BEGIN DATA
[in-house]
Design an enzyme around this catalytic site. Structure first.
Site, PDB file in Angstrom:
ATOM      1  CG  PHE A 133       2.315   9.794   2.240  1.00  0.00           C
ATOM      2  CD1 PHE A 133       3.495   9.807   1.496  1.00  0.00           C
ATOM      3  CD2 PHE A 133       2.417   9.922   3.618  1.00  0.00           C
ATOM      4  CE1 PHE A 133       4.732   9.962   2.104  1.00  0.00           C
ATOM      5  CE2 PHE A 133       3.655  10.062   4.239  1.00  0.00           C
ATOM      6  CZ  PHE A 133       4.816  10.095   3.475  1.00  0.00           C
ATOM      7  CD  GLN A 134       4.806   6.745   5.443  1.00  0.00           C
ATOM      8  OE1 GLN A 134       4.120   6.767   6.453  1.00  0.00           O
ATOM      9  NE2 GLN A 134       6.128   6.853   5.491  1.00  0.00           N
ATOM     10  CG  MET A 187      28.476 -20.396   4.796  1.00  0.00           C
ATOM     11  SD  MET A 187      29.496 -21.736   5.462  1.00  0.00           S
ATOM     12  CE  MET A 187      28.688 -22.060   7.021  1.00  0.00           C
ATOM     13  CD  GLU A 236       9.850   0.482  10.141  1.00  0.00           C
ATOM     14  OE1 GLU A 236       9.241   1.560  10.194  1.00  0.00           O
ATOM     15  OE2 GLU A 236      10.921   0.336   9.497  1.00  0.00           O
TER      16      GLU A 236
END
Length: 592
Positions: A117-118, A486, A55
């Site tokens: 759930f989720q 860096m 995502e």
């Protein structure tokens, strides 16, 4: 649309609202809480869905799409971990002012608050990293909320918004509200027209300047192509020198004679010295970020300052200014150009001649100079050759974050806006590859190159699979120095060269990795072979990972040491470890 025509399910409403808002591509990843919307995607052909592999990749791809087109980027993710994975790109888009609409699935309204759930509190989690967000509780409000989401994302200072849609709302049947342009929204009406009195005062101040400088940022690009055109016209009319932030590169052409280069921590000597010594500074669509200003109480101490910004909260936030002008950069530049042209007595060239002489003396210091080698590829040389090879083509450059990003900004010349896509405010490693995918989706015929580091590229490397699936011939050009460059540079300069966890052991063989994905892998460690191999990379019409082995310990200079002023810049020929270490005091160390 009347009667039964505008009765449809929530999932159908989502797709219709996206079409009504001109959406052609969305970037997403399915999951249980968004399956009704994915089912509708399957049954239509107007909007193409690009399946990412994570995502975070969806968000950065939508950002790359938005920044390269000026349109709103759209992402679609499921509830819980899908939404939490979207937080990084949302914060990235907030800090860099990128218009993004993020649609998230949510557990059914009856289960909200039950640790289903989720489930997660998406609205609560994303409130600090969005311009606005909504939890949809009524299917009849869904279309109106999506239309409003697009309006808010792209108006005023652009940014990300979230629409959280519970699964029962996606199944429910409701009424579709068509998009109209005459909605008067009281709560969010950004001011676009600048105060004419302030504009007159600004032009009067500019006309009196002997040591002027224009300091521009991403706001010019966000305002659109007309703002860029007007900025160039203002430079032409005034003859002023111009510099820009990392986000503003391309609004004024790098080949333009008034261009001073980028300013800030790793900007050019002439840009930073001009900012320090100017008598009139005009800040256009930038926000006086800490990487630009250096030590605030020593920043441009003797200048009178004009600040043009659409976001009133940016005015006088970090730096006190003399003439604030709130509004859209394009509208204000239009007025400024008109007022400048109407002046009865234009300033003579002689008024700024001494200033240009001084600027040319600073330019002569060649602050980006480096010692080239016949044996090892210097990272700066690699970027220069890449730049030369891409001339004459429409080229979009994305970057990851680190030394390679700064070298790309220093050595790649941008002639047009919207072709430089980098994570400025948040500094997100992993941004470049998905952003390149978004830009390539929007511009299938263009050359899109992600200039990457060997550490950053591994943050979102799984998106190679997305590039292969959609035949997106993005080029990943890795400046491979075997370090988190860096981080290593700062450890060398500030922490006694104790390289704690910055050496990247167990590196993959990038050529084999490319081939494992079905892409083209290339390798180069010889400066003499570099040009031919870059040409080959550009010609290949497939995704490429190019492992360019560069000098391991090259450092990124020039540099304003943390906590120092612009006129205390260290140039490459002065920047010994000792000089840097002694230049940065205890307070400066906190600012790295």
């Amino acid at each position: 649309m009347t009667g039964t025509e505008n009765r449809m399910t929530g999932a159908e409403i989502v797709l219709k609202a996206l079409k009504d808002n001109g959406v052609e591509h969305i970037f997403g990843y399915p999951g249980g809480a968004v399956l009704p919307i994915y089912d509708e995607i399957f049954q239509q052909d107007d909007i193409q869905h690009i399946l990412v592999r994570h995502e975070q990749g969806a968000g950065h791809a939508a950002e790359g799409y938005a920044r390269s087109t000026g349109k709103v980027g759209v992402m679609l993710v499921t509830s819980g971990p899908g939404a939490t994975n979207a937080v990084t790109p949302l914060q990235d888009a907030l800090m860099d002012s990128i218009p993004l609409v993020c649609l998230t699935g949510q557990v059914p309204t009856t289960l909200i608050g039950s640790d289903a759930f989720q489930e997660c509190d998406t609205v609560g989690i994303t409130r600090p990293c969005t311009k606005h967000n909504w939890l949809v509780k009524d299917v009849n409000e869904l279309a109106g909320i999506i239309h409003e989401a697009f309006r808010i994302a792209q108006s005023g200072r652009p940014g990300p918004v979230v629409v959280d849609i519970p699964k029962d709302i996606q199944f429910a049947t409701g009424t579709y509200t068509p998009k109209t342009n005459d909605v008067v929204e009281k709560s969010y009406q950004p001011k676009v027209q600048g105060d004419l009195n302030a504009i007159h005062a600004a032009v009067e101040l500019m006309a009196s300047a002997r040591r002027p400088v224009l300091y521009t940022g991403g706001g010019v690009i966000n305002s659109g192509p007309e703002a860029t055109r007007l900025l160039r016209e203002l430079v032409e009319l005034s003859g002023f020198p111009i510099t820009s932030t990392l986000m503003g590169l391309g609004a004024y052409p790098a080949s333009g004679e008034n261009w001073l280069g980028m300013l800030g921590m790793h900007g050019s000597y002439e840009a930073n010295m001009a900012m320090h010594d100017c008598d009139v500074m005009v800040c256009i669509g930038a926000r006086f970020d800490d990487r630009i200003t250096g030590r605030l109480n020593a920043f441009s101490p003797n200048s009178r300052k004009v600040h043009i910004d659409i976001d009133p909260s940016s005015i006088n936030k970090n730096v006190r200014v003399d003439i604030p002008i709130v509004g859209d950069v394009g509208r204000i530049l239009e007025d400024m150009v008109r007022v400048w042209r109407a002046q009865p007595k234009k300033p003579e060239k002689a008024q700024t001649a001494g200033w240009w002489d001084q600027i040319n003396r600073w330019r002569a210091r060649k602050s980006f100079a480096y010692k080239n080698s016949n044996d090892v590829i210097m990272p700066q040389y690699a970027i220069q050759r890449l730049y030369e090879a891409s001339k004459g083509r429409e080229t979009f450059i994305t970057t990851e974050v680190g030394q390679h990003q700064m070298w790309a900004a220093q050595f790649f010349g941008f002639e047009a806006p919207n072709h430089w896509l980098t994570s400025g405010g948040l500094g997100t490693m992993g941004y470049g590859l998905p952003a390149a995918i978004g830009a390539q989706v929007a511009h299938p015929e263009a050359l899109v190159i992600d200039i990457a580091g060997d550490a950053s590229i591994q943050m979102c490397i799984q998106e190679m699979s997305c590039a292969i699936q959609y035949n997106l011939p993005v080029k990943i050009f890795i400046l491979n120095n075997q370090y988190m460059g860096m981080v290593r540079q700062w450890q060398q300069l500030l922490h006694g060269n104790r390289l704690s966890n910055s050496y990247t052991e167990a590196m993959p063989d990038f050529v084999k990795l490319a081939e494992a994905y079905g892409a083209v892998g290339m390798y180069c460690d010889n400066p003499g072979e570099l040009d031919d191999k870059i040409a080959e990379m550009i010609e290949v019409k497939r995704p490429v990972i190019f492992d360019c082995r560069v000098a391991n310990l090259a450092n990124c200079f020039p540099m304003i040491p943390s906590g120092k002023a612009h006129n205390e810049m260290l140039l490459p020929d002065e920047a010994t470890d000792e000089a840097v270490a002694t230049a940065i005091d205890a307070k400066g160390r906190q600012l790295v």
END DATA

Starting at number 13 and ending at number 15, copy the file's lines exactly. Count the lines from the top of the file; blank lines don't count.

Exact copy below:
ATOM     10  CG  MET A 187      28.476 -20.396   4.796  1.00  0.00           C
ATOM     11  SD  MET A 187      29.496 -21.736   5.462  1.00  0.00           S
ATOM     12  CE  MET A 187      28.688 -22.060   7.021  1.00  0.00           C